The other axe from Rampside II has fewer defining features, but its less slender and generally more baggy shape suggests an Irish connection. Axes of Dowris Type have a stronger distribution in Scotland and are so far unknown from North West England, except for the axe discovered in the other hoard from Rampside (2013T958).

There were smaller items of metalwork inside both axes' sockets: two small wood-working tools, possibly chisels, inside the Ulleskelf Type axe and a probable rapier/dirk blade fragment inside the Dowris Type axe. The rapier/dirk blade fragment could not be further identified because it is firmly jammed inside a small fragment of a hollow-blade spearhead. The spearhead fragment was jammed into the socketed of the axe diagonally, as scratch marks on the inside of the axe socket show. Small items of metalwork are often found inside sockets of socketed axes, e.g. at Boyton, Suffolk, or Figheldean Down, Wiltshire (Burgess 1979, 269-279; Burgess and Colquhoun 1988, no. 734; Huth 1997, 275; Salisbury and South Wiltshire Museum, Annual Report, 1971-72, 16, Plate 1A; Wiltshire Archaeological Register for 1971, 1972, 171; Coombs 1979, 253-268). This was either for the possible safe-keeping of smaller items of bronze, perhaps for recycling, or else, if it was a votive deposition, to render the axe useless, because it would now no longer be possible to haft it. The latter seems more likely in this case, as the spearhead from Rampside II shows signs of ritual destruction: it was bent until the tip snapped off, which is suggested by the break and the slight curve in the upper part of the head.


Thus, in light of the artefacts in this hoard, a Late Bronze Age date for the deposition of the hoard can be put forward, that is c. 1000-800BC. Thus, the hoard from Rampside, Cumbria, known as Rampside II, qualifies as Treasure under the Amendment to the Treasure Act of 1996 (Category 2) which stipulates that any group of two or more metallic objects of any composition of any prehistoric date that come from the same find and found after 1 January 2003, qualify as Treasure under the Treasure Act.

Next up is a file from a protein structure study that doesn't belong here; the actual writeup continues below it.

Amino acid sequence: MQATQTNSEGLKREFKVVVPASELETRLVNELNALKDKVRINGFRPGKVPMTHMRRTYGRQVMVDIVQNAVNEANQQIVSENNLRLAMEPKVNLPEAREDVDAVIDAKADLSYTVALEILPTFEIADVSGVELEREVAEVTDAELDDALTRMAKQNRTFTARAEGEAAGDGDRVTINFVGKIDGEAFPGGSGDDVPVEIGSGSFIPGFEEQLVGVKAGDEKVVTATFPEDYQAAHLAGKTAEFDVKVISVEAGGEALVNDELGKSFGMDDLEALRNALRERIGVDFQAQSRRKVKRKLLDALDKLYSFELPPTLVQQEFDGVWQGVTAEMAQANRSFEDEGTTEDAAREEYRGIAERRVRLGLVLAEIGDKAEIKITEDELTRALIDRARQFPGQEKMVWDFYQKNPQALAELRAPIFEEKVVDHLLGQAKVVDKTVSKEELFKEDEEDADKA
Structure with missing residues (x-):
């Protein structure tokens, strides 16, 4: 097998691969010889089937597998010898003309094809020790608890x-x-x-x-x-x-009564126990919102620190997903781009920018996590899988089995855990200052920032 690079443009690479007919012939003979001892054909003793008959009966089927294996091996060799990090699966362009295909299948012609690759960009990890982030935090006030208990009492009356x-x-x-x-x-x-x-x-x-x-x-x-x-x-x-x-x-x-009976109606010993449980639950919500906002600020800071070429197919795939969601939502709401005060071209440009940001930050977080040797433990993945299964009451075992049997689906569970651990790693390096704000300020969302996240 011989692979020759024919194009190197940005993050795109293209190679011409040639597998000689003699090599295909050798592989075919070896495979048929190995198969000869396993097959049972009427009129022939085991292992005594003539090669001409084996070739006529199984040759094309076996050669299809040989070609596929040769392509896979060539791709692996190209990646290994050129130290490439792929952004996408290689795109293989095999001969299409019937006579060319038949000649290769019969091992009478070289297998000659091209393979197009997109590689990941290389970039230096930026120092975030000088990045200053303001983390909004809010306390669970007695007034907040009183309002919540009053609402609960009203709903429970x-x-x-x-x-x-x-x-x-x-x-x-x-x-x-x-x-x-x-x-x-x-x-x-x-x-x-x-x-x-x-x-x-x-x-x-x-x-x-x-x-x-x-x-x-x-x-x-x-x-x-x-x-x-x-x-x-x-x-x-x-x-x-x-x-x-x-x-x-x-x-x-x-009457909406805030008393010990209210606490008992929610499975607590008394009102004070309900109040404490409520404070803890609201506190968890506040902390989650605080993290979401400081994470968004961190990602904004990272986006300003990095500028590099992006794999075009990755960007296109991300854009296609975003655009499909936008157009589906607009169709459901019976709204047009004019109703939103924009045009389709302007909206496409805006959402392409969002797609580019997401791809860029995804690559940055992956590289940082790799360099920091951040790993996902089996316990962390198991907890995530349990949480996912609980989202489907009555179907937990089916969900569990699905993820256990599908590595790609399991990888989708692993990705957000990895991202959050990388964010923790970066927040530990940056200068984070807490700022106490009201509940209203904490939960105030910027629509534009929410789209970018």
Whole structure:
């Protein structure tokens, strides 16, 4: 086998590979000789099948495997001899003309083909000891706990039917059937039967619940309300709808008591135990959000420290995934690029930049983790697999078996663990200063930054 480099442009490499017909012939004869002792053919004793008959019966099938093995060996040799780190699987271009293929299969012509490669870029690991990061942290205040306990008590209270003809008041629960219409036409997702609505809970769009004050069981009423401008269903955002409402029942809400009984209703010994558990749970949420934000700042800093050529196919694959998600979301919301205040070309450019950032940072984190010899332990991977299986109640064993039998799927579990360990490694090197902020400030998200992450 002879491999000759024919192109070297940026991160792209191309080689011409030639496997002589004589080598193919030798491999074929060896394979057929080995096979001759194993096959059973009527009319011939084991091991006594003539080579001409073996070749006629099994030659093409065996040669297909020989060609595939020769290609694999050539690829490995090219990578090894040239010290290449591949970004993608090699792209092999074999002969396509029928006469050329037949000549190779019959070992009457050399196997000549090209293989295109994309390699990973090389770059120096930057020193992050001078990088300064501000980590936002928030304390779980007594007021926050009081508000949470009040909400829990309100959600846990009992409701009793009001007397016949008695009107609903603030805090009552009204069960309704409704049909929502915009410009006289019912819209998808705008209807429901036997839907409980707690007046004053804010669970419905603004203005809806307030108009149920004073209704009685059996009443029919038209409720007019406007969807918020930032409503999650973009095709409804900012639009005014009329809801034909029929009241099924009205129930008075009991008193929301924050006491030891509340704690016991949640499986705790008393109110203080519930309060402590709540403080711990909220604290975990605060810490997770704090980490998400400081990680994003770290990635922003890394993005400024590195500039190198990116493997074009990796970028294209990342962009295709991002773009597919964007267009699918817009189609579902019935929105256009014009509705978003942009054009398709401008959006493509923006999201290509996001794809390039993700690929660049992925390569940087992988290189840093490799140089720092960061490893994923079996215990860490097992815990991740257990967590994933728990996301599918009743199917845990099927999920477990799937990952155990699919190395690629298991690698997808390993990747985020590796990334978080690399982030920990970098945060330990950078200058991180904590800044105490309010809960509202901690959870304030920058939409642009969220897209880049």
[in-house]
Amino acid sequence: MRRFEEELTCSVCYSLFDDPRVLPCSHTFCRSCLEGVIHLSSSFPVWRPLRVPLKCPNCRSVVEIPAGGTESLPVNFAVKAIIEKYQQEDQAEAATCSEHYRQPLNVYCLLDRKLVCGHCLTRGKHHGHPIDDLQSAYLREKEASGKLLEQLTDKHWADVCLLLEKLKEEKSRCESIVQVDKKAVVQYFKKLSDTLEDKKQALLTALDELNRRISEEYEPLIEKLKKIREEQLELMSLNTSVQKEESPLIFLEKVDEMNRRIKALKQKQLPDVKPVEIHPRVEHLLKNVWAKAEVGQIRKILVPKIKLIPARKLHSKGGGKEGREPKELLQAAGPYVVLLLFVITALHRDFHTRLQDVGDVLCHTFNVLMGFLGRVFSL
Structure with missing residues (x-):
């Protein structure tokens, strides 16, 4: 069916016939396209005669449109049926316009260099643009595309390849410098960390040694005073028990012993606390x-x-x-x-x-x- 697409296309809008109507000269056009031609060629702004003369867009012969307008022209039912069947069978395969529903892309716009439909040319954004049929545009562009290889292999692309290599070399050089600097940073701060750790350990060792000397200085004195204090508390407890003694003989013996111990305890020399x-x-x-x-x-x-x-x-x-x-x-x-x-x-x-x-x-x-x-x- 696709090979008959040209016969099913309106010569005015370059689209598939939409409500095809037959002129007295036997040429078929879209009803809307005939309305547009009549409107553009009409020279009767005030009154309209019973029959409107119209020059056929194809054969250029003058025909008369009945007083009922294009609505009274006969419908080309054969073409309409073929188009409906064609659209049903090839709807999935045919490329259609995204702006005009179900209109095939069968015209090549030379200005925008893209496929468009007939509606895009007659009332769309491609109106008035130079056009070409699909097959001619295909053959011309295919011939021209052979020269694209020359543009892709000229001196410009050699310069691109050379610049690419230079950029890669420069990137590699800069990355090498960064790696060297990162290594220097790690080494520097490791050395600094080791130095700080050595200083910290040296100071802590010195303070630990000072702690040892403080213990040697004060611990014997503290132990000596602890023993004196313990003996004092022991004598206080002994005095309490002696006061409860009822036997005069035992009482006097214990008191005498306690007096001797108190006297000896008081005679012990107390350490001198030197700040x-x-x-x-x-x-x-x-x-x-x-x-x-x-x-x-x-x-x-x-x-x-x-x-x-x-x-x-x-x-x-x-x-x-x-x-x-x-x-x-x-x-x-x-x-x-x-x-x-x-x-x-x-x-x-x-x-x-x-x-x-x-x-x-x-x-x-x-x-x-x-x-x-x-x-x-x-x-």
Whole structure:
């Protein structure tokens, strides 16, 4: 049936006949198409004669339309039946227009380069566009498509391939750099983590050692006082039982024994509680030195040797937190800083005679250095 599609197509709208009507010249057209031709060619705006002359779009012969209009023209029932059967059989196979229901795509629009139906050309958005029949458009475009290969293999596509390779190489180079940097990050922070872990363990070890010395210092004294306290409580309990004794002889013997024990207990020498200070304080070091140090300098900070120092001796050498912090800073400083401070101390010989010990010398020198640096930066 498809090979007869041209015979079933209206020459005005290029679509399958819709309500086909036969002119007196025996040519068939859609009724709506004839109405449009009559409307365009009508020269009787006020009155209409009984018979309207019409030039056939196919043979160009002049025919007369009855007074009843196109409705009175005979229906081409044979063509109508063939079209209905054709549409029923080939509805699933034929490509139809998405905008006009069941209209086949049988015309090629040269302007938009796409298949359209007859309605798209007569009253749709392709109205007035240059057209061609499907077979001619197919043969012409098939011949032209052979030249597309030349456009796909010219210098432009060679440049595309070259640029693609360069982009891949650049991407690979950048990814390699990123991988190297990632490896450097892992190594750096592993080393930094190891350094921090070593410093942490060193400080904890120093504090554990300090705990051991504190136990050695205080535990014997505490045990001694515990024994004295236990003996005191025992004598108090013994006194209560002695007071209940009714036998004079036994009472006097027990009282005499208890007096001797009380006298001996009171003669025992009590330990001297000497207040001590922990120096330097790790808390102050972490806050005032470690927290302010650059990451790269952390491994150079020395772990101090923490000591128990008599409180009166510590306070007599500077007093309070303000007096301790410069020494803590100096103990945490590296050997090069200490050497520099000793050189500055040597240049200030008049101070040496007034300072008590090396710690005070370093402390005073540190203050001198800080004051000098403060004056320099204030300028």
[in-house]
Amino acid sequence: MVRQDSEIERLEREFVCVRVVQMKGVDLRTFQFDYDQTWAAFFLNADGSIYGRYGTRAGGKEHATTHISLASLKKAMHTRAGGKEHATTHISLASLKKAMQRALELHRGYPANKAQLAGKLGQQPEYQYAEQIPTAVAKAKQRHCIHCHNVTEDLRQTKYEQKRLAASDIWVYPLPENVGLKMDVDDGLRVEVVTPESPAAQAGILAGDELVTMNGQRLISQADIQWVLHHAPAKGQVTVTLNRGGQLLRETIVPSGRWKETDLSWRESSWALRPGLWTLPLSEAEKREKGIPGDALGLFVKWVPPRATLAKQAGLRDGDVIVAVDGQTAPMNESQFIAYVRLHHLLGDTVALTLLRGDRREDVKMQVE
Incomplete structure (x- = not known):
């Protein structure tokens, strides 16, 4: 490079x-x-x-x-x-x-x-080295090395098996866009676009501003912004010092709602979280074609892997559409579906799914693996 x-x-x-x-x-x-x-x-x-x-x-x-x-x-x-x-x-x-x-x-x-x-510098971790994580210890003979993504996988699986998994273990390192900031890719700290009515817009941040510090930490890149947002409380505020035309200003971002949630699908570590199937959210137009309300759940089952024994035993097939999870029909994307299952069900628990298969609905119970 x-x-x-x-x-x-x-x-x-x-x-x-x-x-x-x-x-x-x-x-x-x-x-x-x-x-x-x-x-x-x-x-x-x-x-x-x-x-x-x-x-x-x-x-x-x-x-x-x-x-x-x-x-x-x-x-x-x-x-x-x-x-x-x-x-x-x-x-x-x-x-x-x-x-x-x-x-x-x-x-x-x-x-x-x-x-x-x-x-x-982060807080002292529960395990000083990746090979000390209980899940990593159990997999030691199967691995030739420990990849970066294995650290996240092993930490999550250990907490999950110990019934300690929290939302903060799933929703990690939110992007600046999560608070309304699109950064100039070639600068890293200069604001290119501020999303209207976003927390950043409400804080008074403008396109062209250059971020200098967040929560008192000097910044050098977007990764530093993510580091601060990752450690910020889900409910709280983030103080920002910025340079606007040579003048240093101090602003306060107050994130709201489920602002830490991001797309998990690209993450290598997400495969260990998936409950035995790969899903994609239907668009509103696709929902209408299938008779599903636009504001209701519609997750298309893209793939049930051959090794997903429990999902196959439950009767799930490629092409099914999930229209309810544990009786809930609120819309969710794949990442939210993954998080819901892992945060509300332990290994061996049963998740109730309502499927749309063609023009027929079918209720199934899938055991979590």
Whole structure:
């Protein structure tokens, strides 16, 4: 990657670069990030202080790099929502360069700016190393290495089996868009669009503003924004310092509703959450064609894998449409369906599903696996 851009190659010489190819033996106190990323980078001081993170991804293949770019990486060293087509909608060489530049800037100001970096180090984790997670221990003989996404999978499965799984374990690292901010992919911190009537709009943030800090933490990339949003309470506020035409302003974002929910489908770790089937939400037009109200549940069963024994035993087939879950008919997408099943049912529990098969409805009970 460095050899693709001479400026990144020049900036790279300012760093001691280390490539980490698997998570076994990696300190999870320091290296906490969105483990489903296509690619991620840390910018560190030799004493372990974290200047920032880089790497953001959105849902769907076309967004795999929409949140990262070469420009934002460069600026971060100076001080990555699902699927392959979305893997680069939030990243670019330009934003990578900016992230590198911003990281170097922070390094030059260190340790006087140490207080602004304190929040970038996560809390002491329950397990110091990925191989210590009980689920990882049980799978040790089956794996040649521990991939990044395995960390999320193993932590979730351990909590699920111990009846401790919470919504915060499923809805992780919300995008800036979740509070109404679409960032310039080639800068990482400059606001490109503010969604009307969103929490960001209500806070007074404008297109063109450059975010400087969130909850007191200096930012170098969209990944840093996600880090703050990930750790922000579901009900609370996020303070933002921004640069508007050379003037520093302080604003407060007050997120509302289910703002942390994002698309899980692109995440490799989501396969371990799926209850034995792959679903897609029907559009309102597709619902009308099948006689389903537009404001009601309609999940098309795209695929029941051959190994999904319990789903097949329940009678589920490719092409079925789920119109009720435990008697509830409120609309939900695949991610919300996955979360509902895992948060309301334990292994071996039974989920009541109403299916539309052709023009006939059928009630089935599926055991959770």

The landowner kindly waived his right to a reward in this case, allowing the Dock Museum to acquire the hoard at reduced expense.

Subsequent actions

Current location of find: Dock Museum
Subsequent action after recording: Donated to museum after being declared Treasure

Treasure details

Treasure case tracking number: 2014T205


Broad period: BRONZE AGE
Subperiod from: Late
Period from: BRONZE AGE
Subperiod to: Late
Period to: BRONZE AGE
Date from: Circa 800 BC
Date to: Circa 1000 BC

Dimensions and weight

Quantity: 4

Discovery dates

Date(s) of discovery: Wednesday 26th March 2014

Personal details

Found by: This information is restricted for your login.
Recorded by: Dr Dot Boughton
Identified by: Dr Dot Boughton

Other reference numbers

Other reference: 50 Finds from Cumbria
Treasure case number: 2014T205

Materials and construction

Primary material: Copper alloy
Manufacture method: Cast
Completeness: Incomplete

Spatial metadata

Region: North West (European Region)
County or Unitary authority: Cumbria (County)
District: Barrow-in-Furness (District)
To be known as: Roosecote

Spatial coordinates

Grid reference source: Centred on field
Unmasked grid reference accurate to a 1 metre square.

Discovery metadata

Method of discovery: Metal detector
Current location: Dock Museum
General landuse: Cultivated land
Specific landuse: Minimal cultivation

References cited

No references cited so far.

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Timeline of associated dates

Audit data

Recording Institution: LANCUM
Created: 5 years ago
Updated: 3 years ago